A Diagnosis of Life…Part 2


After Steven finished speaking, Valerie began to reason through the different possibilities, asking him questions. As she fought her way through the legal issues, Steven found himself admiring her intelligence and business understanding. Valerie also began to ask what would happen to the employees of the company. The query hung in the air as Steven suddenly admitted  that he’d never asked himself or Michael that question. To Valerie, however, that was the most important question. “Is there any way to rebuild the actual health of the company?” she asked. Steven thought for a few moments and then slowly said, “Well, Michael doesn’t want to try. He would rather sell the company, take the profits, and try another venture. He also asked me to go with him.”

“Steven, how can we do that to the people working in the company? How can we do that to the community? Flinders creates a lot of opportunities in this city. If the company goes under with everyone working together to try and make it work, that’s one thing, but if the company fails and we profit from it…” Valerie couldn’t bring herself to finish the sentence. Her perspective was clear. She had been raised in a strong Christian home which valued faith, family and hard work. Her father worked 10 hours a day, 6 days a week  for as long as he’d been able, in order to build a farm he could pass on to his children. His word and a handshake were better than a contract, so neither he nor his daughter had much use for quick, easy money at the expense of someone else.

“I know, Val, but this deal could mean that you and the kids would be set for the rest of your lives when… I mean, if something were to happen to me.” She shook her head and looked out the side window with a look of disappointment on her face. “Anyway,” he continued, ” I have to make a decision by tomorrow. We have a Board of Directors meeting tomorrow morning at 10 and we will present the offer and the current state of the company to them. They will then give a recommendation to Michael. I mean, he can do what he wants to with the company… he owns the controlling interest… but their vote could provide us with some legal cover in case something goes wrong.”  As he finished speaking, he turned on their street then directed the Hummer into the three car garage when they reached the end of the cul de sac upon which they lived. After he turned the motor off, Valerie went to each of the children’s rooms to turn down the covers while he carried each sleeping child to their respective rooms. He tucked each one into bed and then prayed with them As he was leaving Kyle’s room, the boy sleepily said, “Dad, thanks for today. It was the best day of my life.”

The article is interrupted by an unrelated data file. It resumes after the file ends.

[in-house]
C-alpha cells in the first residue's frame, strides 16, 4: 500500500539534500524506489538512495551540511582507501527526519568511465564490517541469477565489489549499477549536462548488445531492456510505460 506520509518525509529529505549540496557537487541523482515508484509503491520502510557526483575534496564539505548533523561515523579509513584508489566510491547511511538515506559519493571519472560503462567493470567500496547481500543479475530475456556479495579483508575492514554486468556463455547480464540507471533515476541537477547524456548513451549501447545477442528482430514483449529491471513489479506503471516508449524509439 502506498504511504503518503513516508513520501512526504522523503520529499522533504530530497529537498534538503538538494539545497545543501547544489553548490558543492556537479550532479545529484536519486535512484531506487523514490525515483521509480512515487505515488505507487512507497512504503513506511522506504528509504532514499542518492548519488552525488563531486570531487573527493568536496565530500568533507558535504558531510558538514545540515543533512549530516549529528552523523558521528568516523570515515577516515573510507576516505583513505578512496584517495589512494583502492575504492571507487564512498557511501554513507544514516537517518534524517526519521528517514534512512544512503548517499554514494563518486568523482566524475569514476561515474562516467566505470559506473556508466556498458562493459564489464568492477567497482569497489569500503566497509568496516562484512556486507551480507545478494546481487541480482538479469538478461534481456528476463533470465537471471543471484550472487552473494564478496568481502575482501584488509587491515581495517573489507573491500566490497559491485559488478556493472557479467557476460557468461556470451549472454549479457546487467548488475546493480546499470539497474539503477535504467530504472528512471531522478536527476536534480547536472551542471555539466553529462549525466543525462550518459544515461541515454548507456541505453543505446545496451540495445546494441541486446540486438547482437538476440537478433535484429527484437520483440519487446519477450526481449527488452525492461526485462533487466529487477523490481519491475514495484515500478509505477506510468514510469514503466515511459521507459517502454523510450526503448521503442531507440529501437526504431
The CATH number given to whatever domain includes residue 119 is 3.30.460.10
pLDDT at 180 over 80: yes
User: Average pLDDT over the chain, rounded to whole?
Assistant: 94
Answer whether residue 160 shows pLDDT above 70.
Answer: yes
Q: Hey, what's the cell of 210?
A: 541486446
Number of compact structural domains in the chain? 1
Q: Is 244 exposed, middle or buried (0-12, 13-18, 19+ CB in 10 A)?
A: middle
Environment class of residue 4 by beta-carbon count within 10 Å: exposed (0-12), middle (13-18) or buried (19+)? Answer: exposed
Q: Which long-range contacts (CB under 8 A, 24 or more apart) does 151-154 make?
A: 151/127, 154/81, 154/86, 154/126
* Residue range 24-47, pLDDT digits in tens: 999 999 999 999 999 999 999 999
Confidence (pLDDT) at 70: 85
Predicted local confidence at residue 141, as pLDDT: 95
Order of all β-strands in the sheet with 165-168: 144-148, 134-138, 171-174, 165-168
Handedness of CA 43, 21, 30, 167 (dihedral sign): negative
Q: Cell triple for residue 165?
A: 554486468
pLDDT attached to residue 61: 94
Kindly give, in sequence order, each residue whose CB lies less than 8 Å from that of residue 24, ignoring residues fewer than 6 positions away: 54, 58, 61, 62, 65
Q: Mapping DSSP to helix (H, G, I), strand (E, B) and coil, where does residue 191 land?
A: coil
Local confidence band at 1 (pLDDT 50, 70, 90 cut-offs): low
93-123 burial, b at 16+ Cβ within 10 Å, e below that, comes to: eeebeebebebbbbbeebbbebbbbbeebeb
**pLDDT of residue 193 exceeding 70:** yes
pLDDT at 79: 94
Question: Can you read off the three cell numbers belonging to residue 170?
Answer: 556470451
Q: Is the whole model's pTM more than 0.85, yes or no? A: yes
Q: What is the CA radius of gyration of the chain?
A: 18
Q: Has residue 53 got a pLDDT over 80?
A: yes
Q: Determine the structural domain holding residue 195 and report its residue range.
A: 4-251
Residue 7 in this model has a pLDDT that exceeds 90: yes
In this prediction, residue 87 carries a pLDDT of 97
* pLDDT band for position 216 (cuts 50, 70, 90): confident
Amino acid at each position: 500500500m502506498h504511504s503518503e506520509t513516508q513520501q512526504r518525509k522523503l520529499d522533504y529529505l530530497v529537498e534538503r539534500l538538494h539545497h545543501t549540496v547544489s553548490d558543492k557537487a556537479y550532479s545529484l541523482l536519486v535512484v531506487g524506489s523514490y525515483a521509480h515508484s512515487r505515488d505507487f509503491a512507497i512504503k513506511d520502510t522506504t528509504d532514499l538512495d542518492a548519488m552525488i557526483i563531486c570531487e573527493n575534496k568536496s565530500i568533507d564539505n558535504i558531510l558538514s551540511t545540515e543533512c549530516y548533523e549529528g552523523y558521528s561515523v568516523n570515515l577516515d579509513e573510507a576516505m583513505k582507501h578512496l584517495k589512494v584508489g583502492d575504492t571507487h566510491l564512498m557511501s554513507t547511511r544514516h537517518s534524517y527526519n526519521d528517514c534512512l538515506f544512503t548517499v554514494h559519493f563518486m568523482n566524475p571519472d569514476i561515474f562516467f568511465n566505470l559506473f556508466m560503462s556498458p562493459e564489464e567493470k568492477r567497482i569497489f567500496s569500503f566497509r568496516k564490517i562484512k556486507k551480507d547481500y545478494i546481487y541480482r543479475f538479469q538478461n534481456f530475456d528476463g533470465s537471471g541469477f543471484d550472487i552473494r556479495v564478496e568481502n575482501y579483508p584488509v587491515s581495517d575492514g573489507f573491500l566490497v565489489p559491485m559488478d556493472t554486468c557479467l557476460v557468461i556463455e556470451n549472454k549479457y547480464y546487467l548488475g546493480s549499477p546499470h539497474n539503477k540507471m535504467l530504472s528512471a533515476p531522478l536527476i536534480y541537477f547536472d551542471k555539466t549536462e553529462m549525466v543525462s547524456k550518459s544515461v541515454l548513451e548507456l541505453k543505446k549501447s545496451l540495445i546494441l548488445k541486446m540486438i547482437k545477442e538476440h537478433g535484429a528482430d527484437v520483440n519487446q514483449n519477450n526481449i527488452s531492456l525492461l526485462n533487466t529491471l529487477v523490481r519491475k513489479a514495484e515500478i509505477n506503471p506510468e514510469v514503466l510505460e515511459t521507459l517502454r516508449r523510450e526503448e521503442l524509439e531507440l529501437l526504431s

Steven turned to look at his son and huskily responded, “Mine too, Son. Mine too.” He then turned the light off and just before leaving the room, said, “I love you Son.”

Leaving Kyle’s room, Steven stopped by Melissa’s room only to find her asleep. Rather than awaken her, Steven knelt at the foot of her bed and said a quick, fervent prayer for the safety and provision of his daughter. He then arose and gave her a gentle kiss and whispered, “I love you, Honey.” Melissa mumbled something in return, sighed, and turned over. Walking down the hallway to the master bedroom, Steven slowly became aware of a wonderful scent that slightly grew in intensity as he got closer to the room. It was Steven’s favorite scent. It was the perfume that was his first gift to Valerie while they were dating. The perfume was French and was an extravagant gift at the time, especially for a college junior he had just met. His friends were mercilous in their teasing. “…But you have to see this girl…” was his confident defense. Since that date, Valerie only used the perfume for occasions either momentous or intimate. Just breathing the fragrance brought Steven a melancholy pleasure.

Walking into the room, Steven’s gaze was drawn to Valerie, dressed in his favorite nightgown, her damp hair glistening in the warm glow of candles scattered throughout the room. As Steven followed the invitation of both Valerie’s eyes and the French perfume, he stretched out on the bed next to her. She stopped him before he could speak and said, “I just want you to know that I love you and trust you. I believe you will make the right decision tomorrow at the Board meeting and the children and I will support and love you no matter what the consequences are.” She gave him a deep, passionate kiss and playfully said, “Now go wash the campfire and fish off you and let’s go to bed.”

The alarm awakened Steven from a peaceful sleep with a raucous Lynard Skynard tune and the lyrics began a reverberation within his consciousness:

“Gimme three steps, gimme three steps mister…”

But as Steven made his way through his normal routine, other words fromearlier years began to build a cacophony of mixed messages in his wounded psyche, making concentration very difficult.

“Do not store up for yourselves treasures on earth where moth and rust destroy, and where thieves break in and steal.”

Steven turned off the shower and began to towel off. “What am I going to do?” he silently asked himself as well as an unseen Visitor. “I have to make the decision that is best for Valerie and the kids when I die.”